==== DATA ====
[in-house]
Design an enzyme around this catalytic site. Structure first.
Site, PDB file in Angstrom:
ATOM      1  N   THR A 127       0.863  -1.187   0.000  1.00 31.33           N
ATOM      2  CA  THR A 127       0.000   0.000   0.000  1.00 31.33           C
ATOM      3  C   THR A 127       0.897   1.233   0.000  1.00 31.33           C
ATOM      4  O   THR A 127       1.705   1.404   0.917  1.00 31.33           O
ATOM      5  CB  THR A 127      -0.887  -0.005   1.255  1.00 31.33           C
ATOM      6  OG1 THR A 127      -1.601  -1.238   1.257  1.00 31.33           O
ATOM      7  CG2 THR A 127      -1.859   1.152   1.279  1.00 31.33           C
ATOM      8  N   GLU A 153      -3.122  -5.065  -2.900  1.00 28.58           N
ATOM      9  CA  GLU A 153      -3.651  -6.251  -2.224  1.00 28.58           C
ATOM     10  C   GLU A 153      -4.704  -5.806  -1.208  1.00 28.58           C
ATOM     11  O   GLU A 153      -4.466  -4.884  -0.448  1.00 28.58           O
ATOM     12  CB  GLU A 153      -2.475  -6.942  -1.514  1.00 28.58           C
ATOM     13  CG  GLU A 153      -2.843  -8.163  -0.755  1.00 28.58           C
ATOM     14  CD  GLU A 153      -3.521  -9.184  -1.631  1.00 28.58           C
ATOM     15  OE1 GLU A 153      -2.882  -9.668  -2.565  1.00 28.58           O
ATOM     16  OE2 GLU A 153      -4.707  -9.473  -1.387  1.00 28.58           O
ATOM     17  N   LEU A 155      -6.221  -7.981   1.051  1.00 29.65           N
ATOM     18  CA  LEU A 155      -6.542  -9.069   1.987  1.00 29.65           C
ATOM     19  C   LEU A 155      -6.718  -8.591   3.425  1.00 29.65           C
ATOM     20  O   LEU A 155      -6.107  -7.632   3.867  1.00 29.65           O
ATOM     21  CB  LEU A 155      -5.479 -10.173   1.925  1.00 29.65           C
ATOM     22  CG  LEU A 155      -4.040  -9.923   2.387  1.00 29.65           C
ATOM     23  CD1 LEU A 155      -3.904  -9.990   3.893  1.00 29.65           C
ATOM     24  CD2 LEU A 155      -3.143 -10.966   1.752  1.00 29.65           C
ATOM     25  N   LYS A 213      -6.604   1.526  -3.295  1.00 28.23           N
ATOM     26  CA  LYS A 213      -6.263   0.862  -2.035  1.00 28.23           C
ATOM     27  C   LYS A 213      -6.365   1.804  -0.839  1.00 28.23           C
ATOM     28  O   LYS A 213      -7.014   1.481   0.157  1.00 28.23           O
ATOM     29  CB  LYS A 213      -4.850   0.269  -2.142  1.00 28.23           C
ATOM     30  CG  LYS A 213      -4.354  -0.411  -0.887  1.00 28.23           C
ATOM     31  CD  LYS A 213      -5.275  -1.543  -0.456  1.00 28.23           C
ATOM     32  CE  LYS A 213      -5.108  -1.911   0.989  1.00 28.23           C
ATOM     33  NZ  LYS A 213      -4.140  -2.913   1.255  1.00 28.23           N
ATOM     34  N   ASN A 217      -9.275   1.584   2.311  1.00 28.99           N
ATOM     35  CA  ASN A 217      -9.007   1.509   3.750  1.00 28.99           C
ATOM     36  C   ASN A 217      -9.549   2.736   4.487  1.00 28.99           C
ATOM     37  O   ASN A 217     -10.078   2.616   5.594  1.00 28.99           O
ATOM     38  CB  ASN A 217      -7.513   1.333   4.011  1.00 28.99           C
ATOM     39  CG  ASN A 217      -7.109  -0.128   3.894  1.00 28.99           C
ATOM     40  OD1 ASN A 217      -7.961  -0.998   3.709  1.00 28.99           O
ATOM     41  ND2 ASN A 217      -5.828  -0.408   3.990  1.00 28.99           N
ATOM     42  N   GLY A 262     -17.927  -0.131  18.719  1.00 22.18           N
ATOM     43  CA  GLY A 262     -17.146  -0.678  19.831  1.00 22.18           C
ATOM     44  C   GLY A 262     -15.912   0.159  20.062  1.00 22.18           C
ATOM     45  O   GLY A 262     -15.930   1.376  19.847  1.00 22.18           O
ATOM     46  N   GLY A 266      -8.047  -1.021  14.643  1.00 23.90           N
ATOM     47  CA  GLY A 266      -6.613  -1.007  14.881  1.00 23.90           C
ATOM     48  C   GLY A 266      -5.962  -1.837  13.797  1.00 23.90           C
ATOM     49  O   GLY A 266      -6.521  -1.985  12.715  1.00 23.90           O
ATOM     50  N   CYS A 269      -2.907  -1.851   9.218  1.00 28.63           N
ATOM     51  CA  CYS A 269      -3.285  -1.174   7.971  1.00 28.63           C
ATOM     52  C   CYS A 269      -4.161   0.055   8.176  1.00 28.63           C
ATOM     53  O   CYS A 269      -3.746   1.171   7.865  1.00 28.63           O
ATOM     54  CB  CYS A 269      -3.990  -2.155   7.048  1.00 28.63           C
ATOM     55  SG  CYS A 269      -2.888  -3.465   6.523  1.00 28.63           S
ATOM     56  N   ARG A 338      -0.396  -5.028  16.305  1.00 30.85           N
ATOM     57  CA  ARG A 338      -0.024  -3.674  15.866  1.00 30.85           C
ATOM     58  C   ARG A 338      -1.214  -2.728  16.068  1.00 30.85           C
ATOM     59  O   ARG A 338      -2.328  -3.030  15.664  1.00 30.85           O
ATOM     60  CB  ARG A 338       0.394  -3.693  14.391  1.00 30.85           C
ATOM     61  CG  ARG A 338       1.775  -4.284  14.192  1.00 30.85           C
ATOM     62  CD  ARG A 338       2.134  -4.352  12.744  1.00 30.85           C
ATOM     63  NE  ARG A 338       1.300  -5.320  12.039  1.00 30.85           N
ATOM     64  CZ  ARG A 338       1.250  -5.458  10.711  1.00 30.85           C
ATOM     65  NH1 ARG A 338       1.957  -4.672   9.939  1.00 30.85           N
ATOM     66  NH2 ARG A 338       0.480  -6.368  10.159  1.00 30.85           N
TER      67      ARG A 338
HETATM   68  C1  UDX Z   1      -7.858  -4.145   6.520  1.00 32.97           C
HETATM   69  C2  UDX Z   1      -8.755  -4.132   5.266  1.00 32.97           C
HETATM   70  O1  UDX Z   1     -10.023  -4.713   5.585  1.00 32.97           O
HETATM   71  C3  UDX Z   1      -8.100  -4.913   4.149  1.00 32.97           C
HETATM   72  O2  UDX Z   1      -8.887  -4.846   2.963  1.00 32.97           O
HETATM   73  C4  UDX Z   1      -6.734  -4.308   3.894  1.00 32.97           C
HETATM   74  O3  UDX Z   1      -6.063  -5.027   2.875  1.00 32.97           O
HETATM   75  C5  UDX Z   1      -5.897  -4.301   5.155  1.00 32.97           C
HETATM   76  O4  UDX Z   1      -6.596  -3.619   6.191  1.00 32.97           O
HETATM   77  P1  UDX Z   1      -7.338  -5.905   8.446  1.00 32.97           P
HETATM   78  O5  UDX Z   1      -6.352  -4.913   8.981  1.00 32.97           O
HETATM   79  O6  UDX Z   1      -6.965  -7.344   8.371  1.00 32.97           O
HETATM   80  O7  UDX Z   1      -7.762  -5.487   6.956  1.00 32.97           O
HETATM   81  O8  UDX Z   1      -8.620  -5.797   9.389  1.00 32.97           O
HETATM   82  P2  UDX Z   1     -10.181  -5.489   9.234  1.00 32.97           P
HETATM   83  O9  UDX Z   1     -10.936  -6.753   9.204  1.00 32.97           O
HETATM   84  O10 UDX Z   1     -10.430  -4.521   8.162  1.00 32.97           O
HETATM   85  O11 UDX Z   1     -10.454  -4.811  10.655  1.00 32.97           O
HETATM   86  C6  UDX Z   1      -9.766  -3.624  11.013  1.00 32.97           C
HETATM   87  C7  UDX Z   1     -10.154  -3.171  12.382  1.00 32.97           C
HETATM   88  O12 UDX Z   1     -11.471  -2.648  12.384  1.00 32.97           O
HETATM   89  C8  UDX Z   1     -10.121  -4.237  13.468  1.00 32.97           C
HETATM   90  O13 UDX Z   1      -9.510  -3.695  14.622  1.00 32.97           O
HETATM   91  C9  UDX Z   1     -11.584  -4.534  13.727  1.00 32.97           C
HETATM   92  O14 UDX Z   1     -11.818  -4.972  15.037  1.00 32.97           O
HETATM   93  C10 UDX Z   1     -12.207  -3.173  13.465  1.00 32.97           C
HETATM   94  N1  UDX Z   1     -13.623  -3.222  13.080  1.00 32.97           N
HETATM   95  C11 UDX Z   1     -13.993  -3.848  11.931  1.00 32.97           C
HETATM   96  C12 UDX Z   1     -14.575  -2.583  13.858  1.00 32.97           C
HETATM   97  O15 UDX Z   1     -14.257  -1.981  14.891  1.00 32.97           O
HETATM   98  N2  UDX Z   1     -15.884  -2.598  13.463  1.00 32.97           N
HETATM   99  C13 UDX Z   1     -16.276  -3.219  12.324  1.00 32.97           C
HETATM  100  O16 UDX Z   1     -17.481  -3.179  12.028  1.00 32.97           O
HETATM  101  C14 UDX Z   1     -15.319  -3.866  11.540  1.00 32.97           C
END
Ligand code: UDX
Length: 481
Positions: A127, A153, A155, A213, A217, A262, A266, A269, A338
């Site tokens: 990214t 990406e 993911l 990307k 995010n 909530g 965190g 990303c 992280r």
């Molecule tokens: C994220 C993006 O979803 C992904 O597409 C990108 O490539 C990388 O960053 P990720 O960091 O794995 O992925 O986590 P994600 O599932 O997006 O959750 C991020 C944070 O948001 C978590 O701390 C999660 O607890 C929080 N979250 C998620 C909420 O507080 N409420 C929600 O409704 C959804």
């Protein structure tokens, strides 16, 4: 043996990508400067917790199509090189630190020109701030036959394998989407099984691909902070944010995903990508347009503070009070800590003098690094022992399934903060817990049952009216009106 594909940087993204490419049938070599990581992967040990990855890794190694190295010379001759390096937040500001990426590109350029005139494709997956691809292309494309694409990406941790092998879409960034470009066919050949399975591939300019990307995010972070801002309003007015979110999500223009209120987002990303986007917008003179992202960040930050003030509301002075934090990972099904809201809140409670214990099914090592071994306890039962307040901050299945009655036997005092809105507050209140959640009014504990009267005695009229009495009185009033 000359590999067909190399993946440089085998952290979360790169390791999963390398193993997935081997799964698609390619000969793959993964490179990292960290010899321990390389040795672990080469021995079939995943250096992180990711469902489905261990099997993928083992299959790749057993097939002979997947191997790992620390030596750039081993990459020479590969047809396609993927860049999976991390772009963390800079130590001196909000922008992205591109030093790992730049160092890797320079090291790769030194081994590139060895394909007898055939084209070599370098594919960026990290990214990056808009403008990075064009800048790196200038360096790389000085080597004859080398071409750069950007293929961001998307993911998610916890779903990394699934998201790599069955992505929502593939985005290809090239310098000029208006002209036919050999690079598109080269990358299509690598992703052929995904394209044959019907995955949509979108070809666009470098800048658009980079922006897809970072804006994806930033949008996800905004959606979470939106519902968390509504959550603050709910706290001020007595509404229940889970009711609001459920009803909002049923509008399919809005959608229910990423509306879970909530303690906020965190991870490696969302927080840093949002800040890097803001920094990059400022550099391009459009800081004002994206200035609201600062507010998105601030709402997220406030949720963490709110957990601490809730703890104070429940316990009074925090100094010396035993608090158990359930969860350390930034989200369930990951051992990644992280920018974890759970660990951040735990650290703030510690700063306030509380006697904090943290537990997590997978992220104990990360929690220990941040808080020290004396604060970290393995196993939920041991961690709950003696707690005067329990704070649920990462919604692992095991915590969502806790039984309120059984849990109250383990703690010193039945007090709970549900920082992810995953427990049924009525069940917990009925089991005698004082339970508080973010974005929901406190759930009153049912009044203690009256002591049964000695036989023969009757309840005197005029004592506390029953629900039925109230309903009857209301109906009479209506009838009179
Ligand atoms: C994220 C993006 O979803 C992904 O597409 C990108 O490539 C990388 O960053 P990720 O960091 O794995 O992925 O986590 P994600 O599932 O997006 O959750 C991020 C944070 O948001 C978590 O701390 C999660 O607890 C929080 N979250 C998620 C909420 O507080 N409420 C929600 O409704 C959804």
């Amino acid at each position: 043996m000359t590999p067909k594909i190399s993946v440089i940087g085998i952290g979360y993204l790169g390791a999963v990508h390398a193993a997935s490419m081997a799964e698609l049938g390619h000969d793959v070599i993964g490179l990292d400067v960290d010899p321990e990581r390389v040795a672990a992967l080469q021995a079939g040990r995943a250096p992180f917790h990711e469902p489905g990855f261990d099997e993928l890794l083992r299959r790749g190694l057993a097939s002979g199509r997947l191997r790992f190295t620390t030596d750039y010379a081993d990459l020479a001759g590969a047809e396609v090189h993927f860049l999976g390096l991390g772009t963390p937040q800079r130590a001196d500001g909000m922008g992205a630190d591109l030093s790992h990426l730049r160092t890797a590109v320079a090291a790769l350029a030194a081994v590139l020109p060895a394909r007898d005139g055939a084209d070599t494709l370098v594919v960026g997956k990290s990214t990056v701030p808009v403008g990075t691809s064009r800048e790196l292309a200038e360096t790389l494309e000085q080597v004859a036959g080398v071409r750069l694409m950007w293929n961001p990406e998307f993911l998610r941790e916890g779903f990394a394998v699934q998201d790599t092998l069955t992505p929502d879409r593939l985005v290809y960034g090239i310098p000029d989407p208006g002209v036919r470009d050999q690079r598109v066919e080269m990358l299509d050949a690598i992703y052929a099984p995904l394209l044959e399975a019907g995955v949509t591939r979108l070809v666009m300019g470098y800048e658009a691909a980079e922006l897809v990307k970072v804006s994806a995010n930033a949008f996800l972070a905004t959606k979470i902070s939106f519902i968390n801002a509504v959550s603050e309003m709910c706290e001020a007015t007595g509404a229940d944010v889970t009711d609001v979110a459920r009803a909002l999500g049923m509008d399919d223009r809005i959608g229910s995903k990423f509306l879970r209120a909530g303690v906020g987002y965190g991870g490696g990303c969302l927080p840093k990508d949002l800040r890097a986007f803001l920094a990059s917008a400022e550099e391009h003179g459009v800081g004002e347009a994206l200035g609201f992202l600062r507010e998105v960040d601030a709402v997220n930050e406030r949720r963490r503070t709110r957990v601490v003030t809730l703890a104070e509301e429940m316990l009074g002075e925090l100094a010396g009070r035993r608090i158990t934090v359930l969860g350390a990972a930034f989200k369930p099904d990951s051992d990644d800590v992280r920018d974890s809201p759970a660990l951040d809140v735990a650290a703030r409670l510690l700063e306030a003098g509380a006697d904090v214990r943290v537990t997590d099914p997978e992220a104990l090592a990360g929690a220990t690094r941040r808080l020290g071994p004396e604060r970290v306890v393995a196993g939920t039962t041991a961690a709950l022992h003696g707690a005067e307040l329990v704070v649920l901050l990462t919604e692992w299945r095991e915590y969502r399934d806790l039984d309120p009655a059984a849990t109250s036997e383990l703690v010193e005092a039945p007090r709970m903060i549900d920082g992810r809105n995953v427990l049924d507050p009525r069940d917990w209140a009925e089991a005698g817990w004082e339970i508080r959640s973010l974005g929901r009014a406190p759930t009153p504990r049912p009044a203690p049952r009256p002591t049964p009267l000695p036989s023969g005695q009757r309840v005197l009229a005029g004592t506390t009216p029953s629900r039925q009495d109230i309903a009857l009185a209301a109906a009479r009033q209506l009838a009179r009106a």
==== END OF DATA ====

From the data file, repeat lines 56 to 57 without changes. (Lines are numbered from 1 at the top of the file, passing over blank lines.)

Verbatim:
ATOM     53  O   CYS A 269      -3.746   1.171   7.865  1.00 28.63           O
ATOM     54  CB  CYS A 269      -3.990  -2.155   7.048  1.00 28.63           C